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Speakers share scope of crisis on International Overdose Awareness Day

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Theresa McMillan, with the Medina County Health Department, shows a overdose antidote kit to the crowd Friday during an International Overdose Awareness Day event held by the Recovery Center of Medina County at Neura Park in Brunswick. ALYSSA ALFANO / GAZETTE

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BRUNSWICK — Brunswick police Lt. Robert Safran said Friday that he is often asked by community members about what law enforcement is doing to address the opioid problem.

“One of the things we do is we go after drug dealers in the community. People who are selling this stuff on the streets, people who are poisoning and ruining people’s lives,” Safran said during an International Overdose Awareness Day event held by the Recovery Center of Medina County at Neura Park.

According to Safran, the Medina County Opioid Task Force conducted 73 investigations that lead to 54 drug trafficking arrests last year.

Something else that the department does is that they do not arrest people who have overdosed for the first time due to Ohio’s Good Samaritan Law, which offers some legal immunity to people who overdose.

“We want them to get help,” said Safran. “We don’t want to see them again from a law enforcement perspective.”

Resident Megan Hawkins shared her story about addiction Friday. Hawkins explained that, despite growing up with good parents, “I never felt like I belonged.”

“When I turned 21 … I started drinking. I was an alcoholic within six months, but I didn’t know that,” said Hawkins.

In addition to alcohol, Hawkins said she started using ecstasy and cocaine and later got into heroin.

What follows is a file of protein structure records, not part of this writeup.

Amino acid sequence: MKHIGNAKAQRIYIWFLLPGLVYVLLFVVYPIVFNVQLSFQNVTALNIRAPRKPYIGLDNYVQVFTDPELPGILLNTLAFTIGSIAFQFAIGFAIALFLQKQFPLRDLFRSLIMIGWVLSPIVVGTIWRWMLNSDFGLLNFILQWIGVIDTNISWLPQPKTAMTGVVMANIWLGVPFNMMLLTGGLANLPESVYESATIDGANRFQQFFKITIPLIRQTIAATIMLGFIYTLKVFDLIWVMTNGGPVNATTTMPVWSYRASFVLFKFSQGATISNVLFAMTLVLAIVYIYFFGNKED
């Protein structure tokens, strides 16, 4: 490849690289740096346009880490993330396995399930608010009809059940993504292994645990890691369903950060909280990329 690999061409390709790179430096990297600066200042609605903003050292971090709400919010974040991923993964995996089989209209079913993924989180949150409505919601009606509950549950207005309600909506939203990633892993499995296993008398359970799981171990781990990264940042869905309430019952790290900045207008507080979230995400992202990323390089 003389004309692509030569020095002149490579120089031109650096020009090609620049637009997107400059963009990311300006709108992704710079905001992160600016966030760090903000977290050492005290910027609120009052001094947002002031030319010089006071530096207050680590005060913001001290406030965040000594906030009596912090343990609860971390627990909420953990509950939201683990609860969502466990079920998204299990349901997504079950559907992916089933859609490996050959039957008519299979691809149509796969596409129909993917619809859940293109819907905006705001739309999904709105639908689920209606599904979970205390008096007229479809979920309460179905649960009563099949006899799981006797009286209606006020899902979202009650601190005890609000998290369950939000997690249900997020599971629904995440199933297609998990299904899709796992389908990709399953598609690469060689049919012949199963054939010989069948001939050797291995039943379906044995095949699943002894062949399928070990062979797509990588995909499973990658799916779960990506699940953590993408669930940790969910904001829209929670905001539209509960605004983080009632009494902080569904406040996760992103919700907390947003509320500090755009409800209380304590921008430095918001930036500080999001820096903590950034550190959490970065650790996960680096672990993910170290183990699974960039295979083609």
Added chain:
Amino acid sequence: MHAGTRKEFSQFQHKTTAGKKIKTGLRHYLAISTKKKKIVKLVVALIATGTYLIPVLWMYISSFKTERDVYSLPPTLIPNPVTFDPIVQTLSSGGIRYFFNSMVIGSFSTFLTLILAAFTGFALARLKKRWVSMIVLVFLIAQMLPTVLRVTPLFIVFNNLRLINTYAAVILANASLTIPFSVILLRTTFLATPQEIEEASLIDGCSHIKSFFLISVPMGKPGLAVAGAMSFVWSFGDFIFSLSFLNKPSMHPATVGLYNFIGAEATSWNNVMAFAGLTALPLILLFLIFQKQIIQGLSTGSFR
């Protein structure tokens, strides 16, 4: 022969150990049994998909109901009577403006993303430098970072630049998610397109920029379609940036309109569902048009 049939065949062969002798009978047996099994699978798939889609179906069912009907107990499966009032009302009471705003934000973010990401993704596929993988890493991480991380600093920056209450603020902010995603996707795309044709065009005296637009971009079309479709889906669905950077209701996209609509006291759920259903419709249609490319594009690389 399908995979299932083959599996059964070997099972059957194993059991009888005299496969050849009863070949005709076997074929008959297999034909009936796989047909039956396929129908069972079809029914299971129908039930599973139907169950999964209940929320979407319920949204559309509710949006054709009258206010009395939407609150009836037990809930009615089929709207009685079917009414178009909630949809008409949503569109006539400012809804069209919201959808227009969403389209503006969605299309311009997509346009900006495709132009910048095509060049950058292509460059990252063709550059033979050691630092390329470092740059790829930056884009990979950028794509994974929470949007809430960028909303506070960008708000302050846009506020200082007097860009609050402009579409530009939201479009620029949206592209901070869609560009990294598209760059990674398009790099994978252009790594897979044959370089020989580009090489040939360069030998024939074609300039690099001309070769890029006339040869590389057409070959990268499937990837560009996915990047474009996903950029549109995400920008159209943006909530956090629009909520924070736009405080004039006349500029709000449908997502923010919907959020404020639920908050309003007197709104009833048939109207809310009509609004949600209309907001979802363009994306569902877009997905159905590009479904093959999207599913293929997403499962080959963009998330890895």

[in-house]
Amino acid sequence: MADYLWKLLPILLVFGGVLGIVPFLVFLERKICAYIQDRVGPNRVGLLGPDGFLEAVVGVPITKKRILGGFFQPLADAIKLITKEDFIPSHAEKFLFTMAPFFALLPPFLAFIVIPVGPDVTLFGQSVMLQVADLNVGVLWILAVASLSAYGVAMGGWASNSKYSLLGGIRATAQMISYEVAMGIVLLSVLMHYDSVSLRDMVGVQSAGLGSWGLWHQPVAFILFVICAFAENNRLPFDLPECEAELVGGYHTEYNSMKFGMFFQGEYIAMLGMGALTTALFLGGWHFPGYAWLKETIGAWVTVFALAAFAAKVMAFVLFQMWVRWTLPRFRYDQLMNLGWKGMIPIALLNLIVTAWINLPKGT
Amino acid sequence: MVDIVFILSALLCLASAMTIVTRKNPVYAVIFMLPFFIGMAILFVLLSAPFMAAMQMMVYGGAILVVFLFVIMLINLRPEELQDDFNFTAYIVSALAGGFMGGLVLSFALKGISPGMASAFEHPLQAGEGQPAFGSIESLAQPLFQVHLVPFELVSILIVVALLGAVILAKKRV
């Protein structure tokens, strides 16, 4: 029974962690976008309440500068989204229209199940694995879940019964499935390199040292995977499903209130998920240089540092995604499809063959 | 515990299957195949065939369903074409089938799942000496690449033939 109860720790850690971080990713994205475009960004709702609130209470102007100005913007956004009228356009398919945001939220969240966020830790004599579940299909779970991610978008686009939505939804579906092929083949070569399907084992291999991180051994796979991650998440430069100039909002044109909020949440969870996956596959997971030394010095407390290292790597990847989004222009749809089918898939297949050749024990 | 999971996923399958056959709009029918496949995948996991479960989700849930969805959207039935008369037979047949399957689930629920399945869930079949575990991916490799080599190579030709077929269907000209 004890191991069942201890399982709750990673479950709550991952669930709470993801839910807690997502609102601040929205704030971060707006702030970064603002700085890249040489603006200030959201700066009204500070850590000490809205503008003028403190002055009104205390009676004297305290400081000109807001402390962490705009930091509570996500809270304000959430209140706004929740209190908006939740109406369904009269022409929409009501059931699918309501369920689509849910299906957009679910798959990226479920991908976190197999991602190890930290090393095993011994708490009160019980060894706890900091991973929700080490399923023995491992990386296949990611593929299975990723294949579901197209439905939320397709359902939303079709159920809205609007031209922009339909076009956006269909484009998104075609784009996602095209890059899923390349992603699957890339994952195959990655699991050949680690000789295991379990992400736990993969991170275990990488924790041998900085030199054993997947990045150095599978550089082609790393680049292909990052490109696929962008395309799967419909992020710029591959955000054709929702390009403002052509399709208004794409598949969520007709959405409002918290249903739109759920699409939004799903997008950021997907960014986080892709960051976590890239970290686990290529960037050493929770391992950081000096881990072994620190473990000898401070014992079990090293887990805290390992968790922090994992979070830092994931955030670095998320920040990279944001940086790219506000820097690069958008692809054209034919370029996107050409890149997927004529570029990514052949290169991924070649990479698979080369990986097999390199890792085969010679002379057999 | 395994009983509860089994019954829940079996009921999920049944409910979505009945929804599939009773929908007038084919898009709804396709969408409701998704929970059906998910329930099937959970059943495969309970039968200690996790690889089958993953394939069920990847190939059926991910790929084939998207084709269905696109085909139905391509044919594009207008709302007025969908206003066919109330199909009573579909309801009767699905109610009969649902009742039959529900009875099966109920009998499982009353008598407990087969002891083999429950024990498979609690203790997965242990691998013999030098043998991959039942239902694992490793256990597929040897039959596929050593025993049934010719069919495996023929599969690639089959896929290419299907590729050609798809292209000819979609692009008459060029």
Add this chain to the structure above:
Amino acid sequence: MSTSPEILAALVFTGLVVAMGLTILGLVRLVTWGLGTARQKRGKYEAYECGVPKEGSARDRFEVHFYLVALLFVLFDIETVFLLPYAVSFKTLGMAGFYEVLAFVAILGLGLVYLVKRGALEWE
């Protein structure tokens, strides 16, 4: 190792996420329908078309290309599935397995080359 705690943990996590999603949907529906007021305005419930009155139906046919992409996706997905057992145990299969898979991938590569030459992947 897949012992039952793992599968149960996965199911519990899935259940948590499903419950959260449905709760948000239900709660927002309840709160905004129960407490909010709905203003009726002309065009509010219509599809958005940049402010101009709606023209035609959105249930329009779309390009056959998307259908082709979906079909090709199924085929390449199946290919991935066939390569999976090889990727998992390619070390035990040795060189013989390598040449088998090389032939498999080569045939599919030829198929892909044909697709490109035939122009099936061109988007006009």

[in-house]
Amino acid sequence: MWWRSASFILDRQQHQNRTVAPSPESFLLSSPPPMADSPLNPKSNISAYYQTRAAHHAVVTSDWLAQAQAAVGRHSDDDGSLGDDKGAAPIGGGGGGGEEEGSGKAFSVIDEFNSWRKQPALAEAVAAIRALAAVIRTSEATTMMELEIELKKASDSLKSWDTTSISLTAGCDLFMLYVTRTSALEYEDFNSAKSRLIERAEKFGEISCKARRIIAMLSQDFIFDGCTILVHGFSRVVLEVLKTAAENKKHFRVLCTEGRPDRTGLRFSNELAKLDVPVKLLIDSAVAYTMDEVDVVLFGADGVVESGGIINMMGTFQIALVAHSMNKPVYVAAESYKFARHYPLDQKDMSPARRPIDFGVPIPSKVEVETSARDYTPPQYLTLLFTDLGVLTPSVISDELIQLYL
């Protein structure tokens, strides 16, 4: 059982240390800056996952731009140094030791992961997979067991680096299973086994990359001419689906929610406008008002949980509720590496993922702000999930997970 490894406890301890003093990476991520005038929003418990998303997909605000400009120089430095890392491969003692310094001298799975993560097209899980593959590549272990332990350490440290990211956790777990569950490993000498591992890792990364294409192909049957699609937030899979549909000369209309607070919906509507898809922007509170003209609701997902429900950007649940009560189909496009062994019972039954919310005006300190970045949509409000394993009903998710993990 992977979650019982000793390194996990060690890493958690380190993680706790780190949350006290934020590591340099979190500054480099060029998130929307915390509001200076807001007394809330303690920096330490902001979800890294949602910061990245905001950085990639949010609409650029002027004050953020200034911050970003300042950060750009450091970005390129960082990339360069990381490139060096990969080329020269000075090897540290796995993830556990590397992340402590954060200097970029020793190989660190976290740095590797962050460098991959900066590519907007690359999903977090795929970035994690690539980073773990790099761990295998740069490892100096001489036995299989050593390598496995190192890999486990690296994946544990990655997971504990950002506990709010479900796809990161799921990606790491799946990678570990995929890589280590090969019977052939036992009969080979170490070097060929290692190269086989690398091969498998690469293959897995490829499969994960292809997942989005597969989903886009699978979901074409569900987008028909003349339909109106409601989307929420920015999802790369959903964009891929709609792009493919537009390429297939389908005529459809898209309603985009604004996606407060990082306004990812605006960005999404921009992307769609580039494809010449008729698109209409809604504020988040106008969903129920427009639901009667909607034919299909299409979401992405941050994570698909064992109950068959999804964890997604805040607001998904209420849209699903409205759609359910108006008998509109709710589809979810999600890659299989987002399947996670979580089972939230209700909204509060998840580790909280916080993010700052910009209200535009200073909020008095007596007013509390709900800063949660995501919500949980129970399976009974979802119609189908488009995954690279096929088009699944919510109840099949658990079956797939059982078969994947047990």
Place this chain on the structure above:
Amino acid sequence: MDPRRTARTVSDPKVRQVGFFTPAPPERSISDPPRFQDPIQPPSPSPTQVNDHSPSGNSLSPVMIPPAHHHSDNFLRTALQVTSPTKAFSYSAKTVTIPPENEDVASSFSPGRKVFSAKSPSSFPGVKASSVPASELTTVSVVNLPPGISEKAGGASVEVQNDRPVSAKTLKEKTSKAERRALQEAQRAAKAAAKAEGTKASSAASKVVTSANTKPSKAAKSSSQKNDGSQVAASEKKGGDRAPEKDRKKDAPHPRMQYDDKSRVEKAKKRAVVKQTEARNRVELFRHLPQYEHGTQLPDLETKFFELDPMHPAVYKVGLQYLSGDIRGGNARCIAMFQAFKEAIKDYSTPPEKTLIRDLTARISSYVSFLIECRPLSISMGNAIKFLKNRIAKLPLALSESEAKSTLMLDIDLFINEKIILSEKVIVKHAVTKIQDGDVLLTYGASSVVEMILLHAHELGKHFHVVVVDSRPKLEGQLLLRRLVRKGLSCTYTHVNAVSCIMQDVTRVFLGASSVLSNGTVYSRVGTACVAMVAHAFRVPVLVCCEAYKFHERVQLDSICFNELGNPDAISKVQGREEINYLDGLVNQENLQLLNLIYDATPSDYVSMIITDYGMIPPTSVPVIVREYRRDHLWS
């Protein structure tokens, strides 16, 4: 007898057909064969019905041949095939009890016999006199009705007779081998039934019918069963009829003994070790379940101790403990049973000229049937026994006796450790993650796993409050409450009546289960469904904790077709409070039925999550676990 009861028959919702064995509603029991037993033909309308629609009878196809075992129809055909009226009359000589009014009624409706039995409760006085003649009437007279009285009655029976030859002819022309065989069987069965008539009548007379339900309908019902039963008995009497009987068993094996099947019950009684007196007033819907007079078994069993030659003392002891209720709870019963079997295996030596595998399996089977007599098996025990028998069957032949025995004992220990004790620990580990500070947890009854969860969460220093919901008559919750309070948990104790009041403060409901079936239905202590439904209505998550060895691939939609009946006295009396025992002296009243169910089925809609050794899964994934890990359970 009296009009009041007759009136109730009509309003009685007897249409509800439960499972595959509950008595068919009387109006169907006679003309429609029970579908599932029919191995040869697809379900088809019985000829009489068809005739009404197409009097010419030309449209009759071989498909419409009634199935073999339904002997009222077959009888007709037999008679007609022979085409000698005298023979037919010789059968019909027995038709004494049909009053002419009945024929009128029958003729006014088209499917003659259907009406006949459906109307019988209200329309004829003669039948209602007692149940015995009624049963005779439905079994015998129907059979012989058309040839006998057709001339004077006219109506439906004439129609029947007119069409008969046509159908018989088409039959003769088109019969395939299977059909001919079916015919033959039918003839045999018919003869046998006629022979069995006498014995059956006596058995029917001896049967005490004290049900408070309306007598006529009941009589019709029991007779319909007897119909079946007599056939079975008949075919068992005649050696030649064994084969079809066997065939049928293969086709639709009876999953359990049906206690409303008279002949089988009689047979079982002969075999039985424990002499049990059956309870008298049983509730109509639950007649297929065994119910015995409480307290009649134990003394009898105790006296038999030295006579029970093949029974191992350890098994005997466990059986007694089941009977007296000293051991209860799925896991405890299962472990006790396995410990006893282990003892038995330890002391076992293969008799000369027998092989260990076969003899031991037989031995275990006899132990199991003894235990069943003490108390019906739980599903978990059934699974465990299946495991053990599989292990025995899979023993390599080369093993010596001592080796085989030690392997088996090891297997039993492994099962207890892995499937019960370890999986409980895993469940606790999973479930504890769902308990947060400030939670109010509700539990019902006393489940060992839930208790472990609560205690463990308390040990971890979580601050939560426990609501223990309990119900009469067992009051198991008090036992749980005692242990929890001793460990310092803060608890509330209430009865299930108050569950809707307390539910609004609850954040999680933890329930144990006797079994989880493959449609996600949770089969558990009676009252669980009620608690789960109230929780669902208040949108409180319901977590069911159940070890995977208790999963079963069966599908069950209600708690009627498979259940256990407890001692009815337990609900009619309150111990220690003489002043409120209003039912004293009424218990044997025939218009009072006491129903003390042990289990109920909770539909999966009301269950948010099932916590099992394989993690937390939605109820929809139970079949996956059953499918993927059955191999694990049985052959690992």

After entering her second marriage and having her second and third daughter, she and her husband decided to get clean.

“I met God in the middle of a living room with a pocket full of dope and a fifth of alcohol,” said Ken Hawkins after the presentation.

Ken Hawkins is now a pastor and the leader of Really Recovered, a church at 120 Main St. in Wadsworth.

The Hawkins have been clean for four years and have turned to faith to help themselves and others.

Theresa McMillan from the Medina County Health Department discussed Project DAWN (Deaths Avoided With Naloxone).

Project DAWN is an overdose education and naloxone distribution program where community members can go through a short training session to learn how to recognize the signs of an opioid overdose, perform rescue breathing and administer the overdose antidote naloxone.

After completing the free training, participants receive two doses of naloxone and a certification that is valid for two years.

Later Friday evening, another International Overdose Awareness Day event was held at Cornerstone Chapel in Medina.

The chapel had collected about 200 photos of those lost due to drugs or alcohol and 200 seats in the chapel were left empty to honor those who have died.

There was music, speakers and resource tables as well as a moment of silence and candle lighting to raise awareness.

Contact reporter Alyssa Alfano at (330) 721-4063 or aalfano@medina-gazette.com.

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